The soul-jazz-hip-hop ensemble Burnt Sugar the Arkestra Chamber will celebrate its 20th anniversary with an evening of Black Power anthems and experimental works at the Brooklyn Museum on Thursday, January 31.
Following the concert titled NOTHING IS: How Sun Ra, Amiri Baraka, and Octavia Butler Supercharged the Black Arts With Post-Apocalyptic Cosmic Consciousness, Burnt Sugar-leader, author and critic Greg Tate will hold an interactive lecture on the cross-influence of politics and music during the Black Power era.
The evening, organized in conjunction with the museum’s exhibition Soul of a Nation: Art in the Age of Black Power, will conclude with Burnt Sugar performing selections from their recently released Twentieth Anniversary Mixtapes Groiddest Schizznits, Vol. 2 trilogy.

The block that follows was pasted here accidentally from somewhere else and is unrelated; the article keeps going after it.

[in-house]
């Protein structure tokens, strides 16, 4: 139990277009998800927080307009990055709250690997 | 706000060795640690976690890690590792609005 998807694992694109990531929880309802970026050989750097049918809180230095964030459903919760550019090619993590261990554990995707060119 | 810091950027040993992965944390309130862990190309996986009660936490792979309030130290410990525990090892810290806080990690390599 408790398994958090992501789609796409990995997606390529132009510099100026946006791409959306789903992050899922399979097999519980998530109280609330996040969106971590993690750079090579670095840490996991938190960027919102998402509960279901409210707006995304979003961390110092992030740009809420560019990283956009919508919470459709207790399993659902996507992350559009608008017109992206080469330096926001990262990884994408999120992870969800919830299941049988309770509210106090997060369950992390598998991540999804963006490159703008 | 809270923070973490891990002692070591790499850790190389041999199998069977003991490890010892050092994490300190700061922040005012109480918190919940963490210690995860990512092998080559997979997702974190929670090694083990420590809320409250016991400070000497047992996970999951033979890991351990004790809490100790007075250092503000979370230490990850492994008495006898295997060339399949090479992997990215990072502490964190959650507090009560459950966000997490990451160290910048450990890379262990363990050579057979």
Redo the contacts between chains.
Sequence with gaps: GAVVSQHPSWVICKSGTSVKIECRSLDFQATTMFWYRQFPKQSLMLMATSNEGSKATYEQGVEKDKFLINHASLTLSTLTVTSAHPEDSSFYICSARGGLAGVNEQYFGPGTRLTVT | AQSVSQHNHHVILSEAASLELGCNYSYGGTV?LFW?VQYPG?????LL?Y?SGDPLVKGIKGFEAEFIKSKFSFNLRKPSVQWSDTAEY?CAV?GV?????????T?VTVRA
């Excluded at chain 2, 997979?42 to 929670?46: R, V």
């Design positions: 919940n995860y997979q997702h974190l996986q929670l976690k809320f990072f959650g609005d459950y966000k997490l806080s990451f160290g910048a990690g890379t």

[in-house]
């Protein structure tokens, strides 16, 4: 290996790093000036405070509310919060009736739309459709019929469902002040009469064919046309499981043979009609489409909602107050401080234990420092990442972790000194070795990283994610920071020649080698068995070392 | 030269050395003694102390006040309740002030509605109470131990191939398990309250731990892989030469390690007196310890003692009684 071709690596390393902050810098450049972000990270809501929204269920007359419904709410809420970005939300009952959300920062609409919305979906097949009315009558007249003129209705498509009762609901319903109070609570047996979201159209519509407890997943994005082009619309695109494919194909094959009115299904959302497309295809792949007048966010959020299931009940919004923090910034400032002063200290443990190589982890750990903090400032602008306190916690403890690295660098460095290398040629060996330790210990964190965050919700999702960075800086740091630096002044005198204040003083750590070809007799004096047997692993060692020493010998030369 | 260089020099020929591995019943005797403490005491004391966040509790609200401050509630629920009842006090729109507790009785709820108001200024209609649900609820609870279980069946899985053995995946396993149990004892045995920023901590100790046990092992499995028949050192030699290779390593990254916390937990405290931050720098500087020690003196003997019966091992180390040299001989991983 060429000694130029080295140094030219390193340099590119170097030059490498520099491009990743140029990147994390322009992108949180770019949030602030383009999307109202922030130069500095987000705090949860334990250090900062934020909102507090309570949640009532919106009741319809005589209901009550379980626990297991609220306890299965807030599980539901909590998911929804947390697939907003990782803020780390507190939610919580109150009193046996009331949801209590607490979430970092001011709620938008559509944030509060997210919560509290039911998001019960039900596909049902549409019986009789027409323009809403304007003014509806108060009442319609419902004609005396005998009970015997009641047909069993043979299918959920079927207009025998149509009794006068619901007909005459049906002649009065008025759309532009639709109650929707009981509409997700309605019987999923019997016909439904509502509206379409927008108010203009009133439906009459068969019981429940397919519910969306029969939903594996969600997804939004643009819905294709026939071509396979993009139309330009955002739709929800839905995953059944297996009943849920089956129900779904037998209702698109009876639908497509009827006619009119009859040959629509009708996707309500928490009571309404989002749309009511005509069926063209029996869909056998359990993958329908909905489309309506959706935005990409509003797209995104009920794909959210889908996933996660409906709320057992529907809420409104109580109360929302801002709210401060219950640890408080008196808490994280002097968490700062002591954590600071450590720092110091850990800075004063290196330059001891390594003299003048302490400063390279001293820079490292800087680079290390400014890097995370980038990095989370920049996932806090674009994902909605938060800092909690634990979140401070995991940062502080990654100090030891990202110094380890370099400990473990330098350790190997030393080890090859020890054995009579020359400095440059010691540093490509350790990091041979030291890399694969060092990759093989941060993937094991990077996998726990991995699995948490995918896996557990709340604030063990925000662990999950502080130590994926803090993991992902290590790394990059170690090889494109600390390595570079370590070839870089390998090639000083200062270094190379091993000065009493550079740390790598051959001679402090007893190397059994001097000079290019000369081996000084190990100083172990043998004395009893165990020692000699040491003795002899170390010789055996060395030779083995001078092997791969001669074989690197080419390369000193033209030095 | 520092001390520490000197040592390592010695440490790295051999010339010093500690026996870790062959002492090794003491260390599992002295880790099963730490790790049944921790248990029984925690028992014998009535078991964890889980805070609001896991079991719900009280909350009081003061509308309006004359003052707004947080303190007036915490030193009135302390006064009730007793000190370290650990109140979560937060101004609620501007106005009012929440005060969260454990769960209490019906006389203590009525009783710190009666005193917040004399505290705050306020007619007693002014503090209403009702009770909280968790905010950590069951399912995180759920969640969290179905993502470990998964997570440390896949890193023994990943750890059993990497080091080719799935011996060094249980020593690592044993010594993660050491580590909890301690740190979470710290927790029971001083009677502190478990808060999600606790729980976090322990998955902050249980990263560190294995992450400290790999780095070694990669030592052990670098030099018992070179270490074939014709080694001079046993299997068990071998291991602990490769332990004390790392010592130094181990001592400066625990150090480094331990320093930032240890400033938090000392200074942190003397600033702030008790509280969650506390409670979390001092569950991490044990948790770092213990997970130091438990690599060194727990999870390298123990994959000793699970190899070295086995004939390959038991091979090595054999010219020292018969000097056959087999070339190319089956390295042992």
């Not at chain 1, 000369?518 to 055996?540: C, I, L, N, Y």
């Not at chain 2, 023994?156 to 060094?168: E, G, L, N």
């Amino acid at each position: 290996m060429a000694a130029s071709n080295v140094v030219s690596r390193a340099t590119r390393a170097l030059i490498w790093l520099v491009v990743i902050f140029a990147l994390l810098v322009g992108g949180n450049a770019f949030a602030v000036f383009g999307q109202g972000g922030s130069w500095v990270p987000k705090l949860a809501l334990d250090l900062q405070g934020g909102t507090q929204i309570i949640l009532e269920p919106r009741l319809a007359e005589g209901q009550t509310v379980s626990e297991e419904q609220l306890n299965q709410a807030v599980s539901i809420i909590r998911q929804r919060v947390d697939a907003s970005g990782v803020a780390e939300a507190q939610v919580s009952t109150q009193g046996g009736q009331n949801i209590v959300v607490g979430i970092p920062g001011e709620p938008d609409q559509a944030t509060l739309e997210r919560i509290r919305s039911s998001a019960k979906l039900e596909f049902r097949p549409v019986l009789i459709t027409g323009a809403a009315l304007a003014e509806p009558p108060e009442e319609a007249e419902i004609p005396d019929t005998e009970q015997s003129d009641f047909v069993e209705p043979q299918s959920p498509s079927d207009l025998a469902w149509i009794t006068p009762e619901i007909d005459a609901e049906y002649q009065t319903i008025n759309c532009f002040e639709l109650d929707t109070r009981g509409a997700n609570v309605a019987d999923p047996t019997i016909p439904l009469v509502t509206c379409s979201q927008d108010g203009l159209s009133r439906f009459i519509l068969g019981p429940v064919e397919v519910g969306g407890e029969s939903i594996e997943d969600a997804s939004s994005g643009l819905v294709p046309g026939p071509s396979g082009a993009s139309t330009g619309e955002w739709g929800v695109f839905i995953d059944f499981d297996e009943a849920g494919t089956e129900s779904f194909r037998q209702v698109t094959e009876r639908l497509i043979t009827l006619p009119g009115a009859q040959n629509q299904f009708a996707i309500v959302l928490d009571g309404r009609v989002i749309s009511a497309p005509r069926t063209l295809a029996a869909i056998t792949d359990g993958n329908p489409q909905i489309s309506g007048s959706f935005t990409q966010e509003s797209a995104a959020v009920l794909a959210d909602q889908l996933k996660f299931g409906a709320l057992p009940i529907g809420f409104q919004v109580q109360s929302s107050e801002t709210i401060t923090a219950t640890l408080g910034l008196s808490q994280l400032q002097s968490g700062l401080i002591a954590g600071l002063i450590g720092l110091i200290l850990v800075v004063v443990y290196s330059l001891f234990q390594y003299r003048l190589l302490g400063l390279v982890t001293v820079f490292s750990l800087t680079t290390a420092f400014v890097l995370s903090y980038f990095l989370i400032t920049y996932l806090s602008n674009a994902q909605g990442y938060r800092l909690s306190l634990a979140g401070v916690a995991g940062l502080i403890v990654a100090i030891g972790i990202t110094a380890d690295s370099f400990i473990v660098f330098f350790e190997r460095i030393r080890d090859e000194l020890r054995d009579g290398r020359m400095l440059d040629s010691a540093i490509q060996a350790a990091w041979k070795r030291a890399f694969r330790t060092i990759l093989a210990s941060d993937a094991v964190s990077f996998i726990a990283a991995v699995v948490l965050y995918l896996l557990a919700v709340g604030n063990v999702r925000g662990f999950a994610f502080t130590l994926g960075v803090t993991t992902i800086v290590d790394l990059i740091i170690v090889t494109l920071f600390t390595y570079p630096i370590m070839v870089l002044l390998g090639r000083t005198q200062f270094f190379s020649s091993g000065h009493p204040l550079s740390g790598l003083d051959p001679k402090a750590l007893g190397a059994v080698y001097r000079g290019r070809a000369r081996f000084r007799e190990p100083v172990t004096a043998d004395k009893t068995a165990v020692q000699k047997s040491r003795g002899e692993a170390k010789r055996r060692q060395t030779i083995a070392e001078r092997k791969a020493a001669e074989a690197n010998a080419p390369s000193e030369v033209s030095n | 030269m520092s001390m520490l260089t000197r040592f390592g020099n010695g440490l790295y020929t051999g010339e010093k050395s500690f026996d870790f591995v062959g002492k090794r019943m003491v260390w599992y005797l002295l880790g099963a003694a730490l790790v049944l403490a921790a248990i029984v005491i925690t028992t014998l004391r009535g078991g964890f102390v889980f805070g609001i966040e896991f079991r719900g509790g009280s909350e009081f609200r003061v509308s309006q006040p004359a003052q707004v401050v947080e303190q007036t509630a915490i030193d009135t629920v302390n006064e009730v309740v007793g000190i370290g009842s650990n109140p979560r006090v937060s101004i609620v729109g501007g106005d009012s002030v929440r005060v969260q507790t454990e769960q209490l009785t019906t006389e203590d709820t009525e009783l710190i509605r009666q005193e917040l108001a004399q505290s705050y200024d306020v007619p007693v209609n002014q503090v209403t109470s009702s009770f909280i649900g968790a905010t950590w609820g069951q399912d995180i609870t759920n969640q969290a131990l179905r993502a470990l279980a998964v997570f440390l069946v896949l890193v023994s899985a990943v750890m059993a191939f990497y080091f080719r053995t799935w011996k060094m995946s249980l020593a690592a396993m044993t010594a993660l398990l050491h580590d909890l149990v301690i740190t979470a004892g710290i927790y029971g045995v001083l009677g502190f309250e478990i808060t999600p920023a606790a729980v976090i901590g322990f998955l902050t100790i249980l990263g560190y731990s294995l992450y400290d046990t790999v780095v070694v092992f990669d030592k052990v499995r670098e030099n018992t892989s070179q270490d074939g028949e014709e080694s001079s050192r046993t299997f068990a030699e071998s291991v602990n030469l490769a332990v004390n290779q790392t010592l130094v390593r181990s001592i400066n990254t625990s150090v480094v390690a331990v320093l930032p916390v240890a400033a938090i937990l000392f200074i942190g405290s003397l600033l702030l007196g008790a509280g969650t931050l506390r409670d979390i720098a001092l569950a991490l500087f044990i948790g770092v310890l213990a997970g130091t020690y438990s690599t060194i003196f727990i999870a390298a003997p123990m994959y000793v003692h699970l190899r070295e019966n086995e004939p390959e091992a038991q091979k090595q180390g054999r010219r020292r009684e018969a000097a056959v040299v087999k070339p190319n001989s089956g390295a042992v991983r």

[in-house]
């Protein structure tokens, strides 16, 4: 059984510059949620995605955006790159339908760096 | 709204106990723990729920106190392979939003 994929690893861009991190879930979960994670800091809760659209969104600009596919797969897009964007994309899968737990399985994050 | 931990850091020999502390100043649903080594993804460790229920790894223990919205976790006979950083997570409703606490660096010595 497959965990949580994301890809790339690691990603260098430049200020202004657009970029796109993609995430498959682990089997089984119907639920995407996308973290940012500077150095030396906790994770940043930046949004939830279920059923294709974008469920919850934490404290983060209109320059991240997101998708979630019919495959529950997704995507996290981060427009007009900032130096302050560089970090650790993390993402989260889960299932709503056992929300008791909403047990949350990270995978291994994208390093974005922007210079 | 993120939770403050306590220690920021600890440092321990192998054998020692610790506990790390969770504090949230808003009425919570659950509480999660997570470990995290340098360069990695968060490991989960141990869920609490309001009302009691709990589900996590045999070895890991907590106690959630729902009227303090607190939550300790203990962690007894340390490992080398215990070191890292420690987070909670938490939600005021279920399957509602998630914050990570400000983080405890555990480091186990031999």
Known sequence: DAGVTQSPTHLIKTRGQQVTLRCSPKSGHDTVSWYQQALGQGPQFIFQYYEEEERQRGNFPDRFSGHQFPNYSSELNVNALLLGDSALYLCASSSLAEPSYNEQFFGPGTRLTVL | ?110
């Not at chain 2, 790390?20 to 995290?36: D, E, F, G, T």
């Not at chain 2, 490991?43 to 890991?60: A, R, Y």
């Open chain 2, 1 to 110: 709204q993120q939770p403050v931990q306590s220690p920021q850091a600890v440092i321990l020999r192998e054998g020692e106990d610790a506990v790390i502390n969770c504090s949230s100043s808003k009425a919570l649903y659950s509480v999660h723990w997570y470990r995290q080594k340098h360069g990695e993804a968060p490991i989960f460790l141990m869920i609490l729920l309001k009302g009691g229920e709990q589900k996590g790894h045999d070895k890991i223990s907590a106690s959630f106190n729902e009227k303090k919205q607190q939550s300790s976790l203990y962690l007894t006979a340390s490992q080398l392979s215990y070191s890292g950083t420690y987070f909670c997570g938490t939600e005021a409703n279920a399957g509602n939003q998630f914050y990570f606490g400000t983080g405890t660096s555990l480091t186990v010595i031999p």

Founded by Tate and co-led with bassist Jared Michael Nickerson since 1999, Burnt Sugar the Arkestra Chamber was originally conceived as a platform for New York’s improvisational musicians to compose, record and perform material which reflects the breadth and depth of American diasporan music in the 21st century.
Over the years, Burnt Sugar has moved freely amongst many styles, eras and genres to devise its own exciting hybrids. These hybrids are based on a solid foundation of musical traditions and are inspired by post-modernists American greats such as Duke Ellington, Sun Ra, Parliament Funkadelic and The Art Ensemble of Chicago.
“Burnt Sugar got the nerve to claim Sly Stone, Morton Feldman, Billie Holiday, Jimi Hendrix and Jean Luc Ponty as progenitors,” said Tate. “Our player-ranks include known Irish fiddlers, AACM refugees, Afro-punk rejects, unrepentant beboppers, feminist rappers, jitterbugging doo-woppers, frankly loud funk-a-teers and rodeo stars of the digital divide.”
Burnt Sugar the Arkestra Chamber 20th Anniversary
When: Thursday, January 31, 7:00pm
Where: Brooklyn Museum, 200 Eastern Parkway, Brooklyn, NY 11238
How much: $16, tickets are available here.